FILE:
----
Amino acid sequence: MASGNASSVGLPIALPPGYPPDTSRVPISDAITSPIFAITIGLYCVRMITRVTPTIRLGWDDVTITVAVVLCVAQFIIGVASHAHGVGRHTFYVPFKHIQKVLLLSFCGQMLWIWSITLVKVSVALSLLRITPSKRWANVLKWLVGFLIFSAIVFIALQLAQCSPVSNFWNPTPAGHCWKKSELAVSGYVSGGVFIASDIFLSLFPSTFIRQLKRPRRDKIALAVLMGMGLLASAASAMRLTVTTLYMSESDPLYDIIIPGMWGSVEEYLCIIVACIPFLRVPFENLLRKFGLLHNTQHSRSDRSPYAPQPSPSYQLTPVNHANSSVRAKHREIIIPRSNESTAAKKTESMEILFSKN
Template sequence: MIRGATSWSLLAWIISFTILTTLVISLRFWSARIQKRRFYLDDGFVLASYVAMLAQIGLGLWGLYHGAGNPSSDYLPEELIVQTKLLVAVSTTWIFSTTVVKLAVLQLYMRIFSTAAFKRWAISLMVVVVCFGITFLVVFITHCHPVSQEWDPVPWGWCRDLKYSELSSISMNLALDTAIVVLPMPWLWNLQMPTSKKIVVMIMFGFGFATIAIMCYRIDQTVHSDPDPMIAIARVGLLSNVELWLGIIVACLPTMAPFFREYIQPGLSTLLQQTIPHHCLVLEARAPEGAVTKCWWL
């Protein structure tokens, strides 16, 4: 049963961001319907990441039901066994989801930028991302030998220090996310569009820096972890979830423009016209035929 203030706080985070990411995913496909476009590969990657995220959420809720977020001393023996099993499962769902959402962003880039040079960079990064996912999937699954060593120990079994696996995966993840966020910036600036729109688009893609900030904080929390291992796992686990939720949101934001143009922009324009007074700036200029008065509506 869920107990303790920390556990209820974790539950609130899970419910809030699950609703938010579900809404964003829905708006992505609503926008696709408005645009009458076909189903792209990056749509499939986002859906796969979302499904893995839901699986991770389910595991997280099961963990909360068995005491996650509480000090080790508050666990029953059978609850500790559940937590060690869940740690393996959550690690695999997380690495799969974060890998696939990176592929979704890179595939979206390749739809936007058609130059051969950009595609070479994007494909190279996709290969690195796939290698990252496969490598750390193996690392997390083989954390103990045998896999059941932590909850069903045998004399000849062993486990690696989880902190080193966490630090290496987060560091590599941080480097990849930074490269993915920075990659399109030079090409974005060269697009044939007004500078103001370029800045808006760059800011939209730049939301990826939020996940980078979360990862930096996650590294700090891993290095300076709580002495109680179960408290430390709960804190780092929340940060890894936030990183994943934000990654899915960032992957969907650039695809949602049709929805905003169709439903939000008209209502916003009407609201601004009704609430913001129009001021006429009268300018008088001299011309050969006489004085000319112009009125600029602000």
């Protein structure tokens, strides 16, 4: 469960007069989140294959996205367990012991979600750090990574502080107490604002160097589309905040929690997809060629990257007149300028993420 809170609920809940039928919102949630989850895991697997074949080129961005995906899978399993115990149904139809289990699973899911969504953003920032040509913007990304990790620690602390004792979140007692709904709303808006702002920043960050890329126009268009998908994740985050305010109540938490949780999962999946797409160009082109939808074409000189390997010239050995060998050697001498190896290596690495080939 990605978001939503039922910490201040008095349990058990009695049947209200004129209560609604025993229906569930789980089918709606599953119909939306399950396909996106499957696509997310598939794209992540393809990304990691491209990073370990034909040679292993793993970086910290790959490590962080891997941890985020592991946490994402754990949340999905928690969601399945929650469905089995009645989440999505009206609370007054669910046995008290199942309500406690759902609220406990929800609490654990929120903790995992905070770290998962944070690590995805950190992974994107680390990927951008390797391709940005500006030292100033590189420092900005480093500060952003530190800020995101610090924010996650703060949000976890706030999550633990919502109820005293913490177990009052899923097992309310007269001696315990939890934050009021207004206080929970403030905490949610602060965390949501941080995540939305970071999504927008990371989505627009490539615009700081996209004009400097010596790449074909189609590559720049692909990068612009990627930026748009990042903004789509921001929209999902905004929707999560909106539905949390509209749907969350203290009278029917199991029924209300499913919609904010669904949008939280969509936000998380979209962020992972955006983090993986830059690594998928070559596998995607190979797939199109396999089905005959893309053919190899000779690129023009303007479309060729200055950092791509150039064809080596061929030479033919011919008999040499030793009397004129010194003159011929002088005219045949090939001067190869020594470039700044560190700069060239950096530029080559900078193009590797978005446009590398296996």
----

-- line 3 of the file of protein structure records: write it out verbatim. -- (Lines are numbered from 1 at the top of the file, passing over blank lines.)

């Protein structure tokens, strides 16, 4: 049963961001319907990441039901066994989801930028991302030998220090996310569009820096972890979830423009016209035929 203030706080985070990411995913496909476009590969990657995220959420809720977020001393023996099993499962769902959402962003880039040079960079990064996912999937699954060593120990079994696996995966993840966020910036600036729109688009893609900030904080929390291992796992686990939720949101934001143009922009324009007074700036200029008065509506 869920107990303790920390556990209820974790539950609130899970419910809030699950609703938010579900809404964003829905708006992505609503926008696709408005645009009458076909189903792209990056749509499939986002859906796969979302499904893995839901699986991770389910595991997280099961963990909360068995005491996650509480000090080790508050666990029953059978609850500790559940937590060690869940740690393996959550690690695999997380690495799969974060890998696939990176592929979704890179595939979206390749739809936007058609130059051969950009595609070479994007494909190279996709290969690195796939290698990252496969490598750390193996690392997390083989954390103990045998896999059941932590909850069903045998004399000849062993486990690696989880902190080193966490630090290496987060560091590599941080480097990849930074490269993915920075990659399109030079090409974005060269697009044939007004500078103001370029800045808006760059800011939209730049939301990826939020996940980078979360990862930096996650590294700090891993290095300076709580002495109680179960408290430390709960804190780092929340940060890894936030990183994943934000990654899915960032992957969907650039695809949602049709929805905003169709439903939000008209209502916003009407609201601004009704609430913001129009001021006429009268300018008088001299011309050969006489004085000319112009009125600029602000």